Date on Master's Thesis/Doctoral Dissertation


Document Type

Doctoral Dissertation

Degree Name

Ph. D.


Bioinformatics and Biostatistics

Committee Chair

Datta, Somnath

Author's Keywords

Survival regression; MALDI-TOF mass spectrometry; Multistate models; Non-parametric regression; High-dimensional data


Survival analysis (Biometry); Regression analysis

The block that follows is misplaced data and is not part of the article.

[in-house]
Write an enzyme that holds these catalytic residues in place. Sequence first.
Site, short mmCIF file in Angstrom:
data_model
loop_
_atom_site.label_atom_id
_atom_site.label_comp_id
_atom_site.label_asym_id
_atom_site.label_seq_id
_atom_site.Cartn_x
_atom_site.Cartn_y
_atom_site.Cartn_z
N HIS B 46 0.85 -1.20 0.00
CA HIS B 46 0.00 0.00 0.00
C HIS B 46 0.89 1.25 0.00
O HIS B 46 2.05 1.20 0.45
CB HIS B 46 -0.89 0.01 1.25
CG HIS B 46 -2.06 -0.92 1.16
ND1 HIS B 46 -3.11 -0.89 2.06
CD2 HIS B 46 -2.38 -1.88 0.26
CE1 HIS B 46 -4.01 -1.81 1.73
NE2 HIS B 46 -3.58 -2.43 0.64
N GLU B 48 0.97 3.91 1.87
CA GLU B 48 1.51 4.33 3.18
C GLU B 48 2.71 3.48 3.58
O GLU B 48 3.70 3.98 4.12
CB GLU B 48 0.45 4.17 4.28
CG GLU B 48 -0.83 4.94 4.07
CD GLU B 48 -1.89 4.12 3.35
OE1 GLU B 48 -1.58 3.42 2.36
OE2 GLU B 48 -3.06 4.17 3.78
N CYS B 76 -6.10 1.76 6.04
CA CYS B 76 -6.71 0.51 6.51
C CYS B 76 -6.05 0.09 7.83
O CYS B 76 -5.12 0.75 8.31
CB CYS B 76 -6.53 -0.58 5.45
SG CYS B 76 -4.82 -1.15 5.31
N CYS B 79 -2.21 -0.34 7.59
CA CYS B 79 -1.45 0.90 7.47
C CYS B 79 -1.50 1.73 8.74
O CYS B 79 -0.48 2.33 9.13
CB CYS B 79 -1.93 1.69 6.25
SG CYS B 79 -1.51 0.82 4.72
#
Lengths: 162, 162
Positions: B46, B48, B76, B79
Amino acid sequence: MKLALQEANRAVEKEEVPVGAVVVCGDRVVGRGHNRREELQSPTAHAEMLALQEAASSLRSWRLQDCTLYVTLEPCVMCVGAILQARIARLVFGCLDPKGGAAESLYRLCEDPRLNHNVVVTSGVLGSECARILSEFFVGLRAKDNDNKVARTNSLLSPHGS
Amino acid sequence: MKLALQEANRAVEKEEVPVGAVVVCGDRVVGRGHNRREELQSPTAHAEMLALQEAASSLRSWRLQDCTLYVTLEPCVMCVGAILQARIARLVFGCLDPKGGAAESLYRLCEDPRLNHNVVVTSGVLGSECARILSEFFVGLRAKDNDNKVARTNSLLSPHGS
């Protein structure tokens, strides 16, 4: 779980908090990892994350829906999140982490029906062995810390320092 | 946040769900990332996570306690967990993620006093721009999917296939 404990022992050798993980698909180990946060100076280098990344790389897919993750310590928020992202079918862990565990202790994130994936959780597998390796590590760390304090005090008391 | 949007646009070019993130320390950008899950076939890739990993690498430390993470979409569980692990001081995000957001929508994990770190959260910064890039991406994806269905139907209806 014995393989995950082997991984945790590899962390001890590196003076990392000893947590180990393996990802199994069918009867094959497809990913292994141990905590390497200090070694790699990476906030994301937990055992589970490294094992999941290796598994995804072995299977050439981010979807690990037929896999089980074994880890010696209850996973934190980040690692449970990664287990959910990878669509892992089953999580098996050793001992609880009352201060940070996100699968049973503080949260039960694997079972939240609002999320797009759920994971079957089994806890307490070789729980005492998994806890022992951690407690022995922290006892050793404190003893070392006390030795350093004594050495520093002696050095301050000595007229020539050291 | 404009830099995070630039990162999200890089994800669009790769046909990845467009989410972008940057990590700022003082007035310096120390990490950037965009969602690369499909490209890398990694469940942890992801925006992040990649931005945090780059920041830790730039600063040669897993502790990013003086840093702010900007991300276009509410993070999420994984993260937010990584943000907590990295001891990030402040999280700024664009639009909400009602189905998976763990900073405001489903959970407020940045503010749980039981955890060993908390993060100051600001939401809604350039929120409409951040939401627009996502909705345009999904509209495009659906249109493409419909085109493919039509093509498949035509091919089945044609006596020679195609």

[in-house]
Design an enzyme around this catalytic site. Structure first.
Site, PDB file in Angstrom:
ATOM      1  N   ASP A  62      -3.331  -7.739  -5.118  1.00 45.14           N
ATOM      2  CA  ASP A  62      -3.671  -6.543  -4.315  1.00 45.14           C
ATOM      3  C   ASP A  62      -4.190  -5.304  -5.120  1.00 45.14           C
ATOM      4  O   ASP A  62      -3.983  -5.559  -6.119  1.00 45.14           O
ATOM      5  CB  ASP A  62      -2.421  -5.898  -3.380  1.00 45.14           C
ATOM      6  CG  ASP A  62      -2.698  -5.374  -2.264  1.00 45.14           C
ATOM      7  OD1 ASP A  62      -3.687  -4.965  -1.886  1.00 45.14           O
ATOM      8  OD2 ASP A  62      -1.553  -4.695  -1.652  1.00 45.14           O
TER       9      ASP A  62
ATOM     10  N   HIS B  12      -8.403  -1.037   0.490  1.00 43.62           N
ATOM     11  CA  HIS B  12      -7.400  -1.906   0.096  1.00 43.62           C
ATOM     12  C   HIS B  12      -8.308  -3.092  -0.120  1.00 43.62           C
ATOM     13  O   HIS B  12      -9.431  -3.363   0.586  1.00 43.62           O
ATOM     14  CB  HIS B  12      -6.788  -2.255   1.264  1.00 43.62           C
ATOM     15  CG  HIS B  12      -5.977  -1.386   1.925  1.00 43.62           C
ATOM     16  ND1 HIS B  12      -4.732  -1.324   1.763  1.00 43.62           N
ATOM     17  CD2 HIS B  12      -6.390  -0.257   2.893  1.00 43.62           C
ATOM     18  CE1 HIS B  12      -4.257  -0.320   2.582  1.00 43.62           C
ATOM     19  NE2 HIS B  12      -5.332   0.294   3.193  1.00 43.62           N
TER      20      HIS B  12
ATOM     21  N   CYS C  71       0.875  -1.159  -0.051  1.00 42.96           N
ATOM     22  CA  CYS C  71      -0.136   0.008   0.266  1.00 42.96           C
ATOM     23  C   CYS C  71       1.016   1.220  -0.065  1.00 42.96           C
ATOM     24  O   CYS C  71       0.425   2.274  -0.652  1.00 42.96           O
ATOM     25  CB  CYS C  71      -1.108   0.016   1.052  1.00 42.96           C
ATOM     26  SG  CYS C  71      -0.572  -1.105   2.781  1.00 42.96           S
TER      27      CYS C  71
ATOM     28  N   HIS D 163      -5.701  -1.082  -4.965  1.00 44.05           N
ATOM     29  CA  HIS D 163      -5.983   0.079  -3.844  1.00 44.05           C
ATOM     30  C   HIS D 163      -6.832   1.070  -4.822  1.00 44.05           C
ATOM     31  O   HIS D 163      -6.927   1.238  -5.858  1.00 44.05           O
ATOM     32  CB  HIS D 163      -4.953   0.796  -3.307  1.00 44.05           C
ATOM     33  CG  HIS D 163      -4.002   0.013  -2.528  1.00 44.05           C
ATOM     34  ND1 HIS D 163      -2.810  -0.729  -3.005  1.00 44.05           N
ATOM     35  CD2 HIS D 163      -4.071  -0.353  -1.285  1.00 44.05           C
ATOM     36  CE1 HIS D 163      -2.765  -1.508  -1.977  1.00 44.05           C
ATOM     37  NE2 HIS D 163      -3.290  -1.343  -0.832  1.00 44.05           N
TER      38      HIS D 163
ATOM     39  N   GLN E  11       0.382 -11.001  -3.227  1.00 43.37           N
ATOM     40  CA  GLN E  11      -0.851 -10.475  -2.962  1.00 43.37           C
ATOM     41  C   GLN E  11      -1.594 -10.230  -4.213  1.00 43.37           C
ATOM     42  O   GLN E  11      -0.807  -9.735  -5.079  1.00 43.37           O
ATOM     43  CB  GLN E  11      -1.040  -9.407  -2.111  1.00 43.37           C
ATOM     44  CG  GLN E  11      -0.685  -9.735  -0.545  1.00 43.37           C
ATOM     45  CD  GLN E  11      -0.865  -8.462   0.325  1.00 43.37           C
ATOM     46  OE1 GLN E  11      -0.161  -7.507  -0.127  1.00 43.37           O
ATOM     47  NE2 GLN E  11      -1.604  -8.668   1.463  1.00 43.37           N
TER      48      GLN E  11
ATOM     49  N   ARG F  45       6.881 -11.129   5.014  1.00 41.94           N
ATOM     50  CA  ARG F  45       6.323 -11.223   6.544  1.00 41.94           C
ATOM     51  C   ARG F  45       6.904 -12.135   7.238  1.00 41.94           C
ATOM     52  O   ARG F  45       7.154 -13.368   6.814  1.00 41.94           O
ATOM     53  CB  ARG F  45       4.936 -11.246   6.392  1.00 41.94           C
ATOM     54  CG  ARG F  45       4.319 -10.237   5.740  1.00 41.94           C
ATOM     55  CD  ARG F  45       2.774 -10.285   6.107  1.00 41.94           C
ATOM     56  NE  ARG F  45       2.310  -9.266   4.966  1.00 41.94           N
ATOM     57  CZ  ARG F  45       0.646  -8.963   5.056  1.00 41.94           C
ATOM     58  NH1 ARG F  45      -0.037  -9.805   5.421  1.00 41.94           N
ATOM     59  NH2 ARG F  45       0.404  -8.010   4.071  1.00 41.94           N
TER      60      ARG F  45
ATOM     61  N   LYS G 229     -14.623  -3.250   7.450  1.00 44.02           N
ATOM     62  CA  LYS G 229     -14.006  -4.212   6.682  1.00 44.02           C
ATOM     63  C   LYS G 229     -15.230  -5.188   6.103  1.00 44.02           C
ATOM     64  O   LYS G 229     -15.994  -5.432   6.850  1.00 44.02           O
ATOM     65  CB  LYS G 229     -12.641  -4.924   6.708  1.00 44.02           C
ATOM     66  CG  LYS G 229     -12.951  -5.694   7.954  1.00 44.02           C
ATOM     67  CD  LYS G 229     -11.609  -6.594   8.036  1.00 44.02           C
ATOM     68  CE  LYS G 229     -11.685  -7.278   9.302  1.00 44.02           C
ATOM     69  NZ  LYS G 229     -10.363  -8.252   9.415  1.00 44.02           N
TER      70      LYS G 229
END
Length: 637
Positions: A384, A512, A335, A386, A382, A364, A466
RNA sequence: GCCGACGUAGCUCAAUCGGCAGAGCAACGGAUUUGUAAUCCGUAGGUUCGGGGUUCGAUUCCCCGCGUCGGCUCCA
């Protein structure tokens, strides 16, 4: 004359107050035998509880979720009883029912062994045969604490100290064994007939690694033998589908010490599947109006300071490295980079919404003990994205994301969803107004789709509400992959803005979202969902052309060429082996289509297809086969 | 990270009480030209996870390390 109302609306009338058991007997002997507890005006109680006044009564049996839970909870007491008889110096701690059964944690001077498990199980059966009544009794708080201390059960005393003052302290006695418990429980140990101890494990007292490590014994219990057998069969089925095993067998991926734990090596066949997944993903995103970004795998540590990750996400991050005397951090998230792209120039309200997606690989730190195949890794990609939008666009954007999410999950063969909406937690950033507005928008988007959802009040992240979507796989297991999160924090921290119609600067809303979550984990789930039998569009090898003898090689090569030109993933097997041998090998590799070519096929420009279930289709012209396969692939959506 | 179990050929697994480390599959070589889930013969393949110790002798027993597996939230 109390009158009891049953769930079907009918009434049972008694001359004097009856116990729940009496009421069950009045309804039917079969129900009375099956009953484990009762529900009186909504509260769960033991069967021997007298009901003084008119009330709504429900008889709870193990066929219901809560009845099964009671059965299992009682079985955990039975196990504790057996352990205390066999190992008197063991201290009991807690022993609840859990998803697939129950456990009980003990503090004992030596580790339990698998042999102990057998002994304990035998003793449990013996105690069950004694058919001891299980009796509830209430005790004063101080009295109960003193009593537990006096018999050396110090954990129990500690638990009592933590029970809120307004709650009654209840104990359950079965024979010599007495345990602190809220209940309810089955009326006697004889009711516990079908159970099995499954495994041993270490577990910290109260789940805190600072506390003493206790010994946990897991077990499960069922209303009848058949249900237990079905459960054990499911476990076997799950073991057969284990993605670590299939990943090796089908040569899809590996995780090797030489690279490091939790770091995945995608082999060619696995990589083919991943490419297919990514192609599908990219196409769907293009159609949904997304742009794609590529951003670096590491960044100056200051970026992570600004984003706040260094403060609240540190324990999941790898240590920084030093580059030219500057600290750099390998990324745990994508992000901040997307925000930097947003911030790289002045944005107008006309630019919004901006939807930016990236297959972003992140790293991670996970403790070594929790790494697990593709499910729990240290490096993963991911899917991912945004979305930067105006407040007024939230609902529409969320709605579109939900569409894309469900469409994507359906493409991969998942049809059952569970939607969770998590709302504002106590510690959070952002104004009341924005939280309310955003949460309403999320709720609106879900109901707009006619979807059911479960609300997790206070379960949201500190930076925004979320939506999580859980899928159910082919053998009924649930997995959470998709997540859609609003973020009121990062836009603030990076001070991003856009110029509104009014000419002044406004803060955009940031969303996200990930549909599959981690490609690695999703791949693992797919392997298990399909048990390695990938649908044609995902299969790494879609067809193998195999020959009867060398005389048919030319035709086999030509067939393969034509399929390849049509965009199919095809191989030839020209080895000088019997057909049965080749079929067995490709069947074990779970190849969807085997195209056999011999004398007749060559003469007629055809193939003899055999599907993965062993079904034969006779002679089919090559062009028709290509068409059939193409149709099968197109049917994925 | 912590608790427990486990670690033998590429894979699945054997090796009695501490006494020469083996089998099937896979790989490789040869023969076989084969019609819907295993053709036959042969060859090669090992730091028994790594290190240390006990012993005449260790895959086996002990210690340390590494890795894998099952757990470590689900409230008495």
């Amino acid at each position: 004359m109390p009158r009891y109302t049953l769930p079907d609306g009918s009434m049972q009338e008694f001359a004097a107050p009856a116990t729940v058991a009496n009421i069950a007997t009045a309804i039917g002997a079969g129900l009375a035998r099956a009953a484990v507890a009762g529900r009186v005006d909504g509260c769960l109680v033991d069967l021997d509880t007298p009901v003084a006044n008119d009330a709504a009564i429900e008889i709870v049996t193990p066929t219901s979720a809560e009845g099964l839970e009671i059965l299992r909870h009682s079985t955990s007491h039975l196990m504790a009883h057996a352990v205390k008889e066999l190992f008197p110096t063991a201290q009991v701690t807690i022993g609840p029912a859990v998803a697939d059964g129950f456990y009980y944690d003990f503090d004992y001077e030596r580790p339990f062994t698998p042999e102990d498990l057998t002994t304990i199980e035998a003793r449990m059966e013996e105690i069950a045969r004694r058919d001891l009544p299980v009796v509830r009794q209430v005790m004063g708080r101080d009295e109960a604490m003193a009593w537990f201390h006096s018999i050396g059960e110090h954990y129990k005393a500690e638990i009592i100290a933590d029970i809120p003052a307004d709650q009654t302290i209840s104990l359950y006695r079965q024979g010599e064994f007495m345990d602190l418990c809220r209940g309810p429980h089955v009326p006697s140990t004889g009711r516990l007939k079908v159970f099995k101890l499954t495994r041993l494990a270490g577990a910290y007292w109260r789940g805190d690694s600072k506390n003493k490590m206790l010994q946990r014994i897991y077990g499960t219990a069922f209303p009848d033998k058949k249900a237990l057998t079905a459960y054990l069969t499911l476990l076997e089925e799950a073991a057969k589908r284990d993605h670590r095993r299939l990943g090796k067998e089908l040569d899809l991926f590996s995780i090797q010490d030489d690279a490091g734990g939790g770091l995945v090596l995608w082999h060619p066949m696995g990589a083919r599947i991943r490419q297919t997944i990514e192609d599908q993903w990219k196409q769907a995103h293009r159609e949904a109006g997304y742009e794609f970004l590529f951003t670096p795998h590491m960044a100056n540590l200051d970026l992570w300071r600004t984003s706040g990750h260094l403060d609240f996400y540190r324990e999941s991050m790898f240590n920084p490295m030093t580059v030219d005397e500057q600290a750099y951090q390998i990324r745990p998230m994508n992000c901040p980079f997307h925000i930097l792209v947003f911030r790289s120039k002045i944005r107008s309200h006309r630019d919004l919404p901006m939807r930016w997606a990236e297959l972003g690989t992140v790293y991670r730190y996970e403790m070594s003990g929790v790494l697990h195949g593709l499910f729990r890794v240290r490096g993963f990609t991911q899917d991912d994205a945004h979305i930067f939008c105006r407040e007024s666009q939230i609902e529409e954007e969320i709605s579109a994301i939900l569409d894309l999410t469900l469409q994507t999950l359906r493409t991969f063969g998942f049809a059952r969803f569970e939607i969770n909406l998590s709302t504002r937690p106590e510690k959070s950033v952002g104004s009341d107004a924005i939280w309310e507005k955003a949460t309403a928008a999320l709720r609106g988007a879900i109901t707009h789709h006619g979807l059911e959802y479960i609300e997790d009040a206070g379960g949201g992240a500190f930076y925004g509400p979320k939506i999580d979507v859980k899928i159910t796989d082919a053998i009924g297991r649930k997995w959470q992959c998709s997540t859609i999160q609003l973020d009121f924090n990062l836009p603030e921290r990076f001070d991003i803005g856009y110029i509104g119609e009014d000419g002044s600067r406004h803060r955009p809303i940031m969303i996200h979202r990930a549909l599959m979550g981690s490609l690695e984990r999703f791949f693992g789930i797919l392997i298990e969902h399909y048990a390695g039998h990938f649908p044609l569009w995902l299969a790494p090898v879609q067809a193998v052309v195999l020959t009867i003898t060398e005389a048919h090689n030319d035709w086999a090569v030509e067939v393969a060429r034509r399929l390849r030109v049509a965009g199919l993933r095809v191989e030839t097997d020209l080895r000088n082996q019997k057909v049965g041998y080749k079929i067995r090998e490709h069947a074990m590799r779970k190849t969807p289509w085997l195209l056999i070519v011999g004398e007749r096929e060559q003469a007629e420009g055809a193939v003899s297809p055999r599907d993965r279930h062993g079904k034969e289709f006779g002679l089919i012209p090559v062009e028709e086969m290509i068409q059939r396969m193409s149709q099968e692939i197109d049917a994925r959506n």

A common research interest in medical, biological, and engineering research is determining whether certain independent variables are correlated with the survival or failure times. Standard statistical techniques cannot usually be applied for failure-time data due to the lack of complete data or in other word, due to censoring. From a statistical perspective, the study of time to event data is even more challenging when further complexities such as high dimensionality or multivariablity is added to the model. In this dissertation, we consider the predicating patient survival from proteomic profile of patient serum using matrix-assisted laser desorption/ionization time-of-flight (MALDI-TOF) data of non-small cell lung cancer patients. Due to much larger dimension of features in a mass spectrum compared to the study sample size, traditional linear regression modeling of survival times with high number of proteomic features is not feasible. Hence, we consider latent factor and regularized/penalized methods for fitting such models in order to predict patient survival from the mass spectrometry features. Extensive numerical studies involving both simulated as well as real mass spectrometry data are used to compare four popular regression methods, namely, partial least squares (PLS), sparse partial least square (SPLS), least absolute shrinkage and selection operator (LASSO) and elastic net regularization, on processed spectra. Right censoring is handled through a residual based multiple imputation. Overall, more complex methods such as the elastic net and SPLS result in better performances provided the operational parameters are chosen carefully via cross validation. For survival time prediction, we recommend using the elastic net based on a selected set of features. As a type of multivariate survival data, multistate models have a wide range of applications. Most of the existing regression approaches to analyze such data are based on parametric and semi-parametric procedures in which one should rely on specific model structures. In this dissertation, we construct non-parametric regression estimators of a number of temporal functions in a multistate system based on a univariate continuous baseline covariate. These estimators include state occupation probabilities, state entry, exit and waiting (sojourn) times distribution functions of a general progressive (e.g. acyclic) multistate model. The data are subject to right censoring and the censoring mechanism is explainable by observable covariates that could be time dependent. The resulting estimators are valid even if the multistate process is non-Markov. The performance of the estimators is studied using a detailed simulation. We illustrate our estimators using a data set on bone marrow transplant patients. Finally, some extension of the proposed methods to more general case with multivariate covariates are presented along with plans for future developments.